Rep. Ayanna Pressley (D., Mass.), democratic socialist and member of Rep. Alexandria Ocasio-Cortez's (D., N.Y.) "squad," on Thursday released a comprehensive proposal to overhaul America's criminal justice system.
The plan, according to Pressley's office, is designed to fix a "racist, xenophobic, rogue, and fundamentally flawed criminal legal system," replacing it with a system that is "smaller, safer, less punitive, and more humane." The result is not a legislative proposal, but a resolution that outlines broad goals and lacks concrete details for implementation.
Recent Stories in Issues
Pressley's proposal goes beyond the criminal justice reform platforms floated by 2020 Democrats—including Sen. Elizabeth Warren (Mass.), whom Pressley has endorsed and campaigned with. The Pressley plan is perhaps best read as a laundry list of what the left wing of the Democratic Party would implement at the national level, and what local and state-level progressives are already implementing.
Pressley's plan lays out a broad framework—"a community-led platform of justice, freedom, and safety"—followed by a wish list of policies that the freshman congresswoman would like to see implemented throughout the nation. Front and center is the decriminalization or legalization of so-called victimless crimes, primarily in the name of reducing mass incarceration. Pressley's plan would decriminalize prostitution—a crime that accounted for just 0.3 percent of arrests in 2018. In order to "decriminaliz[e] addiction," it would also legalize marijuana, a drug responsible for less than 1 percent of current incarceration.
The legalization of drug use and prostitution extends to Pressley's more general plan to decriminalize "low-level offenses such as loitering and theft of necessity goods." Her bill follows the playbook of progressive prosecutors such as newly elected San Francisco district attorney Chesa Boudin. Boudin has promised to decline to prosecute quality of life crimes such as "public camping, offering or soliciting sex, public urination, and blocking a sidewalk," instead using city resources to target police misconduct and corporate crime.
The plan extends a similar logic to individuals apprehended illegally crossing the border. Pressley follows the lead of several 2020 Democrats who have called for making illegal entrance a civil rather than criminal offense, even while research shows that prosecution reduces subsequent illegal reentry. Pressley would also end cooperation between local and federal law enforcement on immigration, effectively kneecapping immigration enforcement in the United States.
It is questionable how large of an impact reforms like these would have on mass incarceration. The majority of those incarcerated at the state-level are held for serious, violent offenses; the plurality of federal offenders are drug traffickers, with another large share facing weapons charges. (Pressley's bill includes an assault weapons ban and gun buyback, an indicator that she is unlikely to be soft on weapons offenders.) In other words, Pressley's proposal would do little to shrink prison population, but a great deal to make quality-of-life enforcement harder for police officers.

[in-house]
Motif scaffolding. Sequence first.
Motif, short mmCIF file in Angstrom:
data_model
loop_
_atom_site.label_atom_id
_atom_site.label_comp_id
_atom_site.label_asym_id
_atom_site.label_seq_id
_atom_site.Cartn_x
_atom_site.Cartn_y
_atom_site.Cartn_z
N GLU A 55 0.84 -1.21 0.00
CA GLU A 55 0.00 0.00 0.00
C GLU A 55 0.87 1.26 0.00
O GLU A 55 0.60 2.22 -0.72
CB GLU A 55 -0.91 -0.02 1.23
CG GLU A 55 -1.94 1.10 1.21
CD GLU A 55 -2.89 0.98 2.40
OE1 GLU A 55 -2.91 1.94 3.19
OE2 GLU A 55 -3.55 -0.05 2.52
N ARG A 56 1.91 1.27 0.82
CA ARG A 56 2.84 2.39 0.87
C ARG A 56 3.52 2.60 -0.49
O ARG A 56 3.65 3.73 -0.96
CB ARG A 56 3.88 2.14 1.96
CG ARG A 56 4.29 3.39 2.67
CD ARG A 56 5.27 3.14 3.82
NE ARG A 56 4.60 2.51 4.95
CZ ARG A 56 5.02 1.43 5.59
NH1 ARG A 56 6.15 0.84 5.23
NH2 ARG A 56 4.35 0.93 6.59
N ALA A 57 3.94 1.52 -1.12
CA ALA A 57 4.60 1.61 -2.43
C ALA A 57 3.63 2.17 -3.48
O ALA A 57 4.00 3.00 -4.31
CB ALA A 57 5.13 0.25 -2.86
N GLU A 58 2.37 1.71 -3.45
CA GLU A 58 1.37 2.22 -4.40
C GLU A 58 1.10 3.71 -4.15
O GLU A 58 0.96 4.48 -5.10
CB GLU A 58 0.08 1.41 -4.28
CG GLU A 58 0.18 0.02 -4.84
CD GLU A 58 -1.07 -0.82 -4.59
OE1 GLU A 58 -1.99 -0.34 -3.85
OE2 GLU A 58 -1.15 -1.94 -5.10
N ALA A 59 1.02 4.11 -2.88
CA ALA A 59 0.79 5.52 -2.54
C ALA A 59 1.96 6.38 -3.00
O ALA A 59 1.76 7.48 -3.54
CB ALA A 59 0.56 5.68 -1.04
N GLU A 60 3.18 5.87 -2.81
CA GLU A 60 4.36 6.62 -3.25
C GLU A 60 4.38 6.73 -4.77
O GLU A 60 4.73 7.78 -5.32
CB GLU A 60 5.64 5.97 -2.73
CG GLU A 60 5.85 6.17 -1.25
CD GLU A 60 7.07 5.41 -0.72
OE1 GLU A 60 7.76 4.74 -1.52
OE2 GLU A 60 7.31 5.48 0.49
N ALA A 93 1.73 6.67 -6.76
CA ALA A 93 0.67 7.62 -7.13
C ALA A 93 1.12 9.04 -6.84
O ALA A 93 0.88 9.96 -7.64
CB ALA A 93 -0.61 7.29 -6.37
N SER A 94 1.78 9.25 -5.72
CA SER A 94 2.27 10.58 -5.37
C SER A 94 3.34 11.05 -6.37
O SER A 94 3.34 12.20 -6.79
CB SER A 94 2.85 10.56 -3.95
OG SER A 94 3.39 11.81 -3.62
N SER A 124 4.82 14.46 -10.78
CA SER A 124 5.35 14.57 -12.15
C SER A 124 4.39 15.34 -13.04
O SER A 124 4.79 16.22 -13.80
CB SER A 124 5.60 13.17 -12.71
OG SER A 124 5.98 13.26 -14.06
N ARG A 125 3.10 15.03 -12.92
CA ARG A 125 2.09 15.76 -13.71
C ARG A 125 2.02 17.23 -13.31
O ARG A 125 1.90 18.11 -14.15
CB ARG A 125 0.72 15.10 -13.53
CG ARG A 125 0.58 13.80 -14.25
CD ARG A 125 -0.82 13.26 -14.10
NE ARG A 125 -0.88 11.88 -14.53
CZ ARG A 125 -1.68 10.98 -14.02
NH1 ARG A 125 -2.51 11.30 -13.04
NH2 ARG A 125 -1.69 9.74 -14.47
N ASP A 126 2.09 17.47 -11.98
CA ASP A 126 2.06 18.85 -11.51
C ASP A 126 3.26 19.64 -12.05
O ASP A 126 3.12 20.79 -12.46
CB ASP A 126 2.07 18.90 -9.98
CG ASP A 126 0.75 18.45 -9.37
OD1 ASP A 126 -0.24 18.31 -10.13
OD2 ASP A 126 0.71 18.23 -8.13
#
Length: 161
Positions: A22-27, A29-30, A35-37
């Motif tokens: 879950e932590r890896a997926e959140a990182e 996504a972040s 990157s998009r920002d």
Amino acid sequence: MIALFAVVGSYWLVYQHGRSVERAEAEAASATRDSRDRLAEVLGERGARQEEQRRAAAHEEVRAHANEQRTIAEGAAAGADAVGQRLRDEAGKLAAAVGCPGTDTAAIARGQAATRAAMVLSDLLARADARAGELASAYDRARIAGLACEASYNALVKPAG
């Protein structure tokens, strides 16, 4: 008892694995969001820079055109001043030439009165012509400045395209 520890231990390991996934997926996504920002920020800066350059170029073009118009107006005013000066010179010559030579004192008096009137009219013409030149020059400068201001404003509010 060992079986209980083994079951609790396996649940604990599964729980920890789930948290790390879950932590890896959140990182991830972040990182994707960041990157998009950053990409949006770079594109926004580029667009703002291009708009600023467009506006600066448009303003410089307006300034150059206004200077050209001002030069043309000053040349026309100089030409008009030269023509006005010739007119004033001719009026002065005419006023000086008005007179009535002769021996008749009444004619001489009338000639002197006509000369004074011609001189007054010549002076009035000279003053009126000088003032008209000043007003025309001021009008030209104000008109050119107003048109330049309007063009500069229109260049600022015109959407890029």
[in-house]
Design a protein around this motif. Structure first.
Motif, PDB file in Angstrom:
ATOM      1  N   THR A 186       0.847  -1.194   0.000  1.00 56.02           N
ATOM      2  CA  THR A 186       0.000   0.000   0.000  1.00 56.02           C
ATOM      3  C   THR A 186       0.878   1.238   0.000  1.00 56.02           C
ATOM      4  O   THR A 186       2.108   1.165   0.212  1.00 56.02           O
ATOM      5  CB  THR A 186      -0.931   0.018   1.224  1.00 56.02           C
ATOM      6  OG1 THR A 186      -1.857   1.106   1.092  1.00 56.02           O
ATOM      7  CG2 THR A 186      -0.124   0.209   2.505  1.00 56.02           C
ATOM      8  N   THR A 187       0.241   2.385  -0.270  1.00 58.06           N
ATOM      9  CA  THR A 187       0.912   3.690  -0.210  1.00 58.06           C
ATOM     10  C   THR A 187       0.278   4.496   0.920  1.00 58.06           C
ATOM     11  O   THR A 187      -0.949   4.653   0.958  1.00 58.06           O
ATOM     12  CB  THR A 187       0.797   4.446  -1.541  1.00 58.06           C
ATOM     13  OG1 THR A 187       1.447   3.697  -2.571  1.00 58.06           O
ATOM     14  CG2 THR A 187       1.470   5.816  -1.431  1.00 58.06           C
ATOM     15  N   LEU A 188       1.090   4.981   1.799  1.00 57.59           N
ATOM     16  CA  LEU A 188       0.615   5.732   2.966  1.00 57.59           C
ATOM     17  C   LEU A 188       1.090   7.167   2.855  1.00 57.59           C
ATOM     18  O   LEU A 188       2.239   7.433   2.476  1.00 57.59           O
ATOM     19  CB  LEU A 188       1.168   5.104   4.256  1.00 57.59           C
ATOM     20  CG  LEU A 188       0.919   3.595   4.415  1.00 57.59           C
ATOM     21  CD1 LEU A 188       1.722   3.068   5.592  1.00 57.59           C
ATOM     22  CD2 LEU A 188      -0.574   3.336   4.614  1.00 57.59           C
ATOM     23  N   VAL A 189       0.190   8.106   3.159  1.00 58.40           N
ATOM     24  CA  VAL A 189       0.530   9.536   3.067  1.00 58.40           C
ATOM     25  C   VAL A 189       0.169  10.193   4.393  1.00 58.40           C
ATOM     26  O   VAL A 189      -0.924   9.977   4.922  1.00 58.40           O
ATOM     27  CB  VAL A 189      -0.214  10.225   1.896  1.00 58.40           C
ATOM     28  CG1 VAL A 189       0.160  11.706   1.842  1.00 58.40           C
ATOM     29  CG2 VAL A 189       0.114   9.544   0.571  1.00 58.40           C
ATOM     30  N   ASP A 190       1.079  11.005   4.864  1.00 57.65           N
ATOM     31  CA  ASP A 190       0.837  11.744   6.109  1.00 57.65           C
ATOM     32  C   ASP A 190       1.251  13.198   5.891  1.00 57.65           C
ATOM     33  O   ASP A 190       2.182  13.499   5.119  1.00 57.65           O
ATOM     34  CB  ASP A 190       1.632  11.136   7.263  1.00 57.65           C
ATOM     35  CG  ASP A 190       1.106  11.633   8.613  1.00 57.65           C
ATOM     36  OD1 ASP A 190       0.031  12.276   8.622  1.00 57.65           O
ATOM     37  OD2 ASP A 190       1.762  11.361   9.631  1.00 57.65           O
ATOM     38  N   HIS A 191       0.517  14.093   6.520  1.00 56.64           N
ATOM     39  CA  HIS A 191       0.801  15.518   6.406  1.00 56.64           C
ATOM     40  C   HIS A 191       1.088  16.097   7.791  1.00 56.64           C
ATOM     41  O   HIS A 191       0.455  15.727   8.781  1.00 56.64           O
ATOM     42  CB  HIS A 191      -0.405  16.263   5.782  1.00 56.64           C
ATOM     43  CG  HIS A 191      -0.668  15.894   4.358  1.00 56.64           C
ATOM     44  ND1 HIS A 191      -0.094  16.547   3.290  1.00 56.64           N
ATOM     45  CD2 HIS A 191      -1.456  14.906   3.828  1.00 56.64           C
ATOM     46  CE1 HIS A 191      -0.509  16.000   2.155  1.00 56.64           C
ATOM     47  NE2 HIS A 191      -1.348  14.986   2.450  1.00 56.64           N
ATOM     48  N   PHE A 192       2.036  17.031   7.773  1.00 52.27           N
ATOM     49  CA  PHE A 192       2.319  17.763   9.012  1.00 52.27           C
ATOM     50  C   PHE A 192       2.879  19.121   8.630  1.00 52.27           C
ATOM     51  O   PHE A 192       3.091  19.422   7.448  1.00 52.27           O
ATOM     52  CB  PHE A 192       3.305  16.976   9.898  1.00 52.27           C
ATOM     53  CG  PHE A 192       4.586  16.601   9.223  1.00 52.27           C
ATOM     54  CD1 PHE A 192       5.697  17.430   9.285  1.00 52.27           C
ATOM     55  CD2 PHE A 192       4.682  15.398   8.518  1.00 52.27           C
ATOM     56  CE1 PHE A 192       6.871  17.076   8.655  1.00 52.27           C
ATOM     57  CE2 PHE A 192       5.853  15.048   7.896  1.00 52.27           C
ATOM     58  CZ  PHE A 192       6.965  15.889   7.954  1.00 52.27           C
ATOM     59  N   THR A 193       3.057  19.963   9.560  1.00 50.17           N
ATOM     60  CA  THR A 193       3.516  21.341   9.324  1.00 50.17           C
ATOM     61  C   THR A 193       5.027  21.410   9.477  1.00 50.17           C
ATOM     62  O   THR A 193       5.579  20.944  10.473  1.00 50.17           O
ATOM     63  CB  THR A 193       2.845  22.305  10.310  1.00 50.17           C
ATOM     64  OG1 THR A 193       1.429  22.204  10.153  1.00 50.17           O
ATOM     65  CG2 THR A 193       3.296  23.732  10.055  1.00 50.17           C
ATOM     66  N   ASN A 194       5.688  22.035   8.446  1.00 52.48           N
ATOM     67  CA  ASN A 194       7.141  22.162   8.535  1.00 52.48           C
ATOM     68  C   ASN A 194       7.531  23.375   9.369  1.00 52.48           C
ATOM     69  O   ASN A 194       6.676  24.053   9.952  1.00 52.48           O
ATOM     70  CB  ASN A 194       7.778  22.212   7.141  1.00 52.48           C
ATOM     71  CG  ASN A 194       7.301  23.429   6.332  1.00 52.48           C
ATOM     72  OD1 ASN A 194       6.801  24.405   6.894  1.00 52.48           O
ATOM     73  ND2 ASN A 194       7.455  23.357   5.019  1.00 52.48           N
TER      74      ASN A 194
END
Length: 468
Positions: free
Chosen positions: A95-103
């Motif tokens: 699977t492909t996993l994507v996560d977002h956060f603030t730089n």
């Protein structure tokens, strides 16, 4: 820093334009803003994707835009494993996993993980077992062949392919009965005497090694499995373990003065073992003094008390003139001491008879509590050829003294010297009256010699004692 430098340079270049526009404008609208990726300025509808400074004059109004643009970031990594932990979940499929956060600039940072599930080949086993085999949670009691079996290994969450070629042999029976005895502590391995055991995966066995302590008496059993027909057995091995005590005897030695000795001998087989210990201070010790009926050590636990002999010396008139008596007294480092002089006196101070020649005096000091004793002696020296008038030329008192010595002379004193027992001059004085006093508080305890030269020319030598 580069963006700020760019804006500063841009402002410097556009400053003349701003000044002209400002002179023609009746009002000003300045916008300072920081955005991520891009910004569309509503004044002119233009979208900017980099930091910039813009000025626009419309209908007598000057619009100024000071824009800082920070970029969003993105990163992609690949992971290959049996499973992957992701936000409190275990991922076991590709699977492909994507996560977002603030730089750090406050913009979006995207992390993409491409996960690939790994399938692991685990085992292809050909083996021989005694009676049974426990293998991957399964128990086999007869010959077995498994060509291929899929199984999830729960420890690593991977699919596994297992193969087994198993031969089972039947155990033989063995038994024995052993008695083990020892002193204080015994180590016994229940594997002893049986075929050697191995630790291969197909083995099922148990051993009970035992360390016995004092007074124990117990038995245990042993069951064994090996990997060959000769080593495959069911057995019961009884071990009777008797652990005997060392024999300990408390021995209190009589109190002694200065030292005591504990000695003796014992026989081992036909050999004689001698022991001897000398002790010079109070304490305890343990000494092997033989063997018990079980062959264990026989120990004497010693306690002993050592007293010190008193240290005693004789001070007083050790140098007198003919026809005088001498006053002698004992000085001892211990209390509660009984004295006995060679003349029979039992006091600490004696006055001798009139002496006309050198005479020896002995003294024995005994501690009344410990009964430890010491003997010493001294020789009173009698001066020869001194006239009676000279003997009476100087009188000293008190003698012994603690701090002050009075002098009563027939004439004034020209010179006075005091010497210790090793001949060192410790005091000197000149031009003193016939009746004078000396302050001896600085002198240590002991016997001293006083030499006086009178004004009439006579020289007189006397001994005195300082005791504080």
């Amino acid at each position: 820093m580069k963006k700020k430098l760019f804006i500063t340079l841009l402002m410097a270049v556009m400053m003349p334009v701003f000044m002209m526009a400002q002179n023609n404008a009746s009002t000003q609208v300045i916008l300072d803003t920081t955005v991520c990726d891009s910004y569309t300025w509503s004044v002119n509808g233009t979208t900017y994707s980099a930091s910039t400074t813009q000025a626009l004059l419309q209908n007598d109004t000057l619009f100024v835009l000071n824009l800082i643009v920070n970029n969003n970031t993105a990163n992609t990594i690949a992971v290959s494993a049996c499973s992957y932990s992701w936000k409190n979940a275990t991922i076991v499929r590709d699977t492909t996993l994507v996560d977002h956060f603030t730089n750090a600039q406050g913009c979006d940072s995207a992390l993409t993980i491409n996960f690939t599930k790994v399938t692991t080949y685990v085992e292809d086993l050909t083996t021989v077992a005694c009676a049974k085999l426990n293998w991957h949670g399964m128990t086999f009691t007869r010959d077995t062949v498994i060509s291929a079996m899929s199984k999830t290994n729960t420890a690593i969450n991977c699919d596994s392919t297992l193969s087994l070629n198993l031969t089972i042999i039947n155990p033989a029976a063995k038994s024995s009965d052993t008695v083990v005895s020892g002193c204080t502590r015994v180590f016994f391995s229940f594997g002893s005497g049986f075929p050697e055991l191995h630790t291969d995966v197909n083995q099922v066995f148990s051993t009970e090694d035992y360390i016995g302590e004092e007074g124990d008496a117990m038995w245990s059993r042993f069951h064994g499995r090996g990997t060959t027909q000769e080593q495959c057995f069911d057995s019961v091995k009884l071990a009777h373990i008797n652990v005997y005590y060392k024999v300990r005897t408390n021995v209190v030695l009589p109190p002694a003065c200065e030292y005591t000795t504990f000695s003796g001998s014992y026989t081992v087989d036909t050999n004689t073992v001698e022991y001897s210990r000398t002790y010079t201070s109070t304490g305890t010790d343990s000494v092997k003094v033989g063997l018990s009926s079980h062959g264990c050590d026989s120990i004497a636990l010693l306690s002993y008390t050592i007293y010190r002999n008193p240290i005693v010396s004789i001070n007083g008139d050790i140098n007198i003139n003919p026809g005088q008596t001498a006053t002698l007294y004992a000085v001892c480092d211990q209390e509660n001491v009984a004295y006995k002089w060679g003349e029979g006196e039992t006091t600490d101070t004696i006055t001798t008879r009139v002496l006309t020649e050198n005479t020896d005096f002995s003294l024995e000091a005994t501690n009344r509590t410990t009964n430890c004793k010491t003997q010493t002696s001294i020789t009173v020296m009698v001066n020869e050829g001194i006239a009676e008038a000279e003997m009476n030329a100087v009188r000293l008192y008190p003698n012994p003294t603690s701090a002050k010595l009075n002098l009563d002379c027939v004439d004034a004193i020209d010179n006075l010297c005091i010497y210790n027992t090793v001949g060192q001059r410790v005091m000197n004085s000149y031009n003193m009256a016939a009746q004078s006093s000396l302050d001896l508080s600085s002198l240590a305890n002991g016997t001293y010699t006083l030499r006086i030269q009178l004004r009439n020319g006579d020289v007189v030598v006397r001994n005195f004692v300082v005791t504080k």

At the same time, Pressley's plan would substantially increase pressure on those same cops, as well as criminal prosecutors. Specifically, it would reimplement Department of Justice oversight over local police departments, end prosecutorial immunity, and ban the use of algorithmic policing tools for fear that they may be racially biased. These changes would add pressure to already struggling American police forces, which are facing a hiring crisis and, simultaneously, surging rates of suicide among officers.
Following a trend among young, far-left members of the House, Pressley's proposal does one other thing: claim that a whole host of other progressive policy goals are necessary for accomplishing criminal justice reform. In order to "rebuild the communities most harmed by the failed policies of mass incarceration," Pressley calls for a federal housing guarantee and jobs guarantee, taxpayer funding for abortion, a Green New Deal, and reparations for slavery.
Increasingly progressive moves on criminal justice reform have become a hallmark of the Democratic Party going in to the 2020 elections. Progressive prosecutors such as San Francisco's Boudin and Philadelphia's Larry Krasner, backed by millions in funds from George Soros, have pushed for liberalizing changes at the local level. Not to be outdone, Democrats seeking their party's nomination for president have pushed out similar plans for mass decriminalization of petty crime, while turning up the heat on America's police forces through increasingly intrusive federal oversight.
All of these proposed changes exist in the context of violent crime rates which, after decades of decline, appear to be plateauing or rising slightly. What effect the changing criminal justice landscape—and, in particular, Democratic policymakers' intentions for it—will have remains to be seen.